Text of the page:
This dinner was the brainchild of “Tree” (Katrina in full) a colleague in the Fine Wine Team at work. A simple intention to get a few likeminded souls together for a “bring a bottle dinner”. We were eight in total with “Ditch” (why don’t I have a nickname? Maybe I do and I’m not allowed to know what it is!) also joining from the C&B team. Clive who chefs the dinning room put together a great menu (see below) – simplicity done well – and off we went:
Wild Mushroom pithivier, onion puree
Loin & Belly of orchard pork, roast apples and cider
Coffee and (rather splendid) petit fours
As we congregated it was Champagne time and we had a pair of these. Delamotte Grand Cru Blanc de Blancs 2002 & Bollinger Grand Annee, 2007. It’s nice to have two contrasting Champagnes and actually drink them rather than taste. The Delamotte 2002 I know well and love, it is perfect now to my taste, mellow and a little maturity but with a soft liveliness, just balanced. The Bolly I know less well and it is clearly a richer style in general but actually the freshness of youth very much balances this. There is a little more latent power under the hood, best in 3-5?
As we descended to the dining room we started with three whites. First up was Wehlener Sonnenuhr Auslese 2003 from JJ Prum. I think Auslese is one of the most commonly misunderstood categories of all wine. There is a tendency for people to think is is fully sweet and therefore for puddings and cheese or as an aperitif at a push. Actually the ripeness (as apart from sweetness) allows it to be one of the most flexible of all food wines. This 2003 belies the extremes of the weather in 2003 and has a real zip alongside some lemon citrus and a staggering fresh mint edge, its a cracking drink.
Alongside the Prum we had a pair of other whites: Batard-Montrachet from J.N.Gagnard 2009 & Batard-Montrachet 2009 from Drouhin – they were quite a contrast and I think peoples views were quite diverse too. The Gagnard, had a heady, rich, dry honey nose and a depth of mature fruit. Big shoulders as you want from Batard. The Drouhin was finer and more linear, tasting younger but also slightly less defined I’d say. This was delicious white Burgundy but maybe less identifiable as a Batard. I liked both but on balance I’d just about plum for the Drouhin, I think I was in a very slight minority!
Next up as moved to the delicious Pork dish was Gevrey-Chambertin Clos St Jacques 1er Cru 1999 from Bruno Clair and Chinon Clos la Dioterie 1990 from Charles Joguet. These were splendid. The CSJ is just opening out, as many 1999s at the “top table” are. It has good dark red fruit, a whiff of salinity and a mellow structure, nothing tertiary yet, the stage I often most like red Burgs – on the fruit. The Chinon was fascinating and not in a novelty way, very proper. Ripe Cabernet Franc is a real joy, this has a lovely easy structure good fruit some slate like aromas and is just perfect now.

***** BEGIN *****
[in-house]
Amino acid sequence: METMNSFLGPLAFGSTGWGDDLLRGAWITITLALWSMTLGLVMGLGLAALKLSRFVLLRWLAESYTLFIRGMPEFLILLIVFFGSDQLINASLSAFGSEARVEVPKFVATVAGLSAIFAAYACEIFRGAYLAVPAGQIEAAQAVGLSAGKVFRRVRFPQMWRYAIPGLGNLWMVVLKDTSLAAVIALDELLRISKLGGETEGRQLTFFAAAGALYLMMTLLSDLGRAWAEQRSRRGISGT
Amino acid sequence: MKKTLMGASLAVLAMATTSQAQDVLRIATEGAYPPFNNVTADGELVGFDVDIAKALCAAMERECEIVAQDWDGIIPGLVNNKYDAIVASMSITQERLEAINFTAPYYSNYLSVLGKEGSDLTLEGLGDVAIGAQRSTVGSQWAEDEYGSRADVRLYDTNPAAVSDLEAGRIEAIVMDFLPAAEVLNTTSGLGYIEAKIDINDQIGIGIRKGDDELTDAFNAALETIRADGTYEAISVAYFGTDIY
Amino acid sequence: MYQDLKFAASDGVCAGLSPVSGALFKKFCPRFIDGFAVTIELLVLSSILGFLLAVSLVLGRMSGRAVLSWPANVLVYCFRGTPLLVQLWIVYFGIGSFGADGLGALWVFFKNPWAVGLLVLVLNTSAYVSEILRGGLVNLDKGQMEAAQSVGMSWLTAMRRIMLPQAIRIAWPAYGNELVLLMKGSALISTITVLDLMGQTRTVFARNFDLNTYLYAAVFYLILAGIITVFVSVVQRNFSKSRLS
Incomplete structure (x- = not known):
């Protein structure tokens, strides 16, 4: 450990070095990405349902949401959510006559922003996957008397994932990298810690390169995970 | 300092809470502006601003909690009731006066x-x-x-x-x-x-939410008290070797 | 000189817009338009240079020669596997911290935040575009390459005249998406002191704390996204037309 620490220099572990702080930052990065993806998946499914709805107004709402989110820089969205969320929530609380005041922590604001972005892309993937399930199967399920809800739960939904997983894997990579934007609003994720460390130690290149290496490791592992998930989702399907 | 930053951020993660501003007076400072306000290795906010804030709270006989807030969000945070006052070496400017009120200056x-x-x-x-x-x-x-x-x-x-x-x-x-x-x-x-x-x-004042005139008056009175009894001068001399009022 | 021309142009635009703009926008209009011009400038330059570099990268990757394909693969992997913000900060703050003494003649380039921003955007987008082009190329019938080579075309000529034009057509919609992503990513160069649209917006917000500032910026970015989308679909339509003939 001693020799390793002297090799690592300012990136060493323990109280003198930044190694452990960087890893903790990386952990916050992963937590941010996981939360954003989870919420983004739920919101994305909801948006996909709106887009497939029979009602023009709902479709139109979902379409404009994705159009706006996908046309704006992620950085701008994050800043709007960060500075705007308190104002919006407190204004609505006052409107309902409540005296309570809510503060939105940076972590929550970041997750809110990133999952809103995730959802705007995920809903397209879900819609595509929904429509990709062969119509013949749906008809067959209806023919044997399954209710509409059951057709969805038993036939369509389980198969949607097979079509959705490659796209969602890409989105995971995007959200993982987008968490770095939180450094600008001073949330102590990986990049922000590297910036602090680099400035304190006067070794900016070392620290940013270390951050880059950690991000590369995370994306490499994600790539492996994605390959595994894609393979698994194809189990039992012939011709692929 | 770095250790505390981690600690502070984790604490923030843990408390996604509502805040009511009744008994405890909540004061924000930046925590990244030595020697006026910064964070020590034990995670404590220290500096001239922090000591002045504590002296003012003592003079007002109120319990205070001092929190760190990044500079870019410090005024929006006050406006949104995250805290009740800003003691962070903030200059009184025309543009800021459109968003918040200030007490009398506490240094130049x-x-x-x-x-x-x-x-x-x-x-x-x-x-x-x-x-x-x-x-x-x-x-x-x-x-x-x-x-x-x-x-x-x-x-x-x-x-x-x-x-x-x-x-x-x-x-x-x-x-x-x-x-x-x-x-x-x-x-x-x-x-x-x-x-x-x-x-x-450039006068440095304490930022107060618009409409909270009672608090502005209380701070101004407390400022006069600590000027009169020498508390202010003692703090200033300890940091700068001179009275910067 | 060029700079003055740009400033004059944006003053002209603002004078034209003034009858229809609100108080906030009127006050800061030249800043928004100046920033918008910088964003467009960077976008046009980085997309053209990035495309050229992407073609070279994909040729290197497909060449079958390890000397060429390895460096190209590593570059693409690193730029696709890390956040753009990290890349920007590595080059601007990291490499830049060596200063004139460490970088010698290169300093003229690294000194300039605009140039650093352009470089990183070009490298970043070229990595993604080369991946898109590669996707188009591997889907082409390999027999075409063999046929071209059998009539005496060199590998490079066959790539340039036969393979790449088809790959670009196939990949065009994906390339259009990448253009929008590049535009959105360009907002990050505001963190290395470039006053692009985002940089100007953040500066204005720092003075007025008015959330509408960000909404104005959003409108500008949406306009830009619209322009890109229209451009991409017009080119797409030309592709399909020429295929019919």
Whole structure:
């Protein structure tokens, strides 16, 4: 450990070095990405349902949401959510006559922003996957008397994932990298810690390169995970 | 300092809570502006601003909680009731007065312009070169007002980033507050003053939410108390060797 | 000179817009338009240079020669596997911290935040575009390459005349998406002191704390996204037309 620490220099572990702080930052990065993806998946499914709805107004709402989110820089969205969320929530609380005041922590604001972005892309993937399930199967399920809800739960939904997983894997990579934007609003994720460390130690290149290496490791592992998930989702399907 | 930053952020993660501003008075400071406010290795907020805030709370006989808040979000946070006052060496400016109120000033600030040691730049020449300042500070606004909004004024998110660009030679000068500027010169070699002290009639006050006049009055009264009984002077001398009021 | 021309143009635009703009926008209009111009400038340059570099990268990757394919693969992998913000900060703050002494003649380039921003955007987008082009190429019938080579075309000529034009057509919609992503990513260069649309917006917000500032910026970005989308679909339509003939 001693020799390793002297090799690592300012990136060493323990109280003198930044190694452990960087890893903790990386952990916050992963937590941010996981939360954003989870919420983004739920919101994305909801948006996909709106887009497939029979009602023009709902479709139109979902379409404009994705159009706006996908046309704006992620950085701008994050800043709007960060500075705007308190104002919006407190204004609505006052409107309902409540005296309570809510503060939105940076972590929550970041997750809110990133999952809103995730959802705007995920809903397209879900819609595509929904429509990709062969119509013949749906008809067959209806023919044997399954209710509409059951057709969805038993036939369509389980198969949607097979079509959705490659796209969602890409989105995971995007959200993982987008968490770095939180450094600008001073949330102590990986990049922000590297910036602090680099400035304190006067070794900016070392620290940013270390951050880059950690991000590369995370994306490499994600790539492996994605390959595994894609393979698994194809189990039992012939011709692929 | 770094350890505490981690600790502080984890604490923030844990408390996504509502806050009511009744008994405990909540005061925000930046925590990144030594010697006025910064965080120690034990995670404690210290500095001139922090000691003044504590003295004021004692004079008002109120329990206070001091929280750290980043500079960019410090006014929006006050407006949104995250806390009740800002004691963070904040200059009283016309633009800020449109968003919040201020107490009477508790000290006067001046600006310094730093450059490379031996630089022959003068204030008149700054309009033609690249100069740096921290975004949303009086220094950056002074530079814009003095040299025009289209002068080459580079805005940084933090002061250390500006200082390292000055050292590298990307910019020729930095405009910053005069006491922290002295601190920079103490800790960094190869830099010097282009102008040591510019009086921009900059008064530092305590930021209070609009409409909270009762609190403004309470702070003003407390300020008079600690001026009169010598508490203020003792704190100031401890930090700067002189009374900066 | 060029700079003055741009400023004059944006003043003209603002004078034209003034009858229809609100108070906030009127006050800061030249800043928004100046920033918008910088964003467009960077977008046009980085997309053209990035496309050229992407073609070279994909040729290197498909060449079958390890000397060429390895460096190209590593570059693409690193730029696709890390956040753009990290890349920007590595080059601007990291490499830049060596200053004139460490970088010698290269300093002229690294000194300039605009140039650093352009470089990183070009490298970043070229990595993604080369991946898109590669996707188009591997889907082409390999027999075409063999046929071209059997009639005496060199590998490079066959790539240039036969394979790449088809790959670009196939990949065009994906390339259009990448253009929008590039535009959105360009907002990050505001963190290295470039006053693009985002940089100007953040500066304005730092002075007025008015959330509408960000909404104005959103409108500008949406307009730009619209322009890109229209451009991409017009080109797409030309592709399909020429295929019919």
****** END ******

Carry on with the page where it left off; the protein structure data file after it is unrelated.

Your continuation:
We then moved to a wine of different proportions and to Ermitage L’Ermite 2009 from Chapoutier. Inky but nor sweet or cloying this is a work in progress but everything is there. I think it will be serious and savoury in time, a masculine wine but not a brute. It was balanced and graceful inside its large frame, it could have been decanted at breakfast but I don’t like to do that as you can often miss the fruit.
Then a blind pair of related wines – linked via Moueix ownership – Chateau Trotanoy 2006 & Chateau Magdelaine 2000. The Trotanoy was quite hedonistic, in second gear, a little oak waistcoat that will disappear into the wine shortly, lovely fruit and good supple tannins, give it 2-5years. The Magdelaine (now a part of the holdings for Belair-Monange) was ready to drink, youthfully so, a good savoury edge but balanced by good mellow but precise fruit. This will hold and age well but is delicious now.
With cheese I couldn’t resist serving a Port. I love Port and these sorts of evenings are perfect for it. The bottle served (and picture below) was Fonseca 1970 (C&B bottled). From 1975 (in most cases) and certainly 1977 all Port was bottled in Porto and exported as such but prior to this the wines were often shipped in “pipes” (often around 550 litres) and bottled in London and other places. I love the quirkiness and heritage angle that this adds. The cork was a good hard seal but there had been a tiny bit of seepage at some stage and whilst 80% of the cork came out in one go the cork was fully saturated. It had about 3 hours in a decanter before we drank it. Red berry fruit with a little marzipan, lovely right now. A cracking conclusion to really lovely evening. Lots of experiences and stories were exchanged and all in the good name of opening a few bottles.
Wine the way it should be, can’t wait for dinner 2!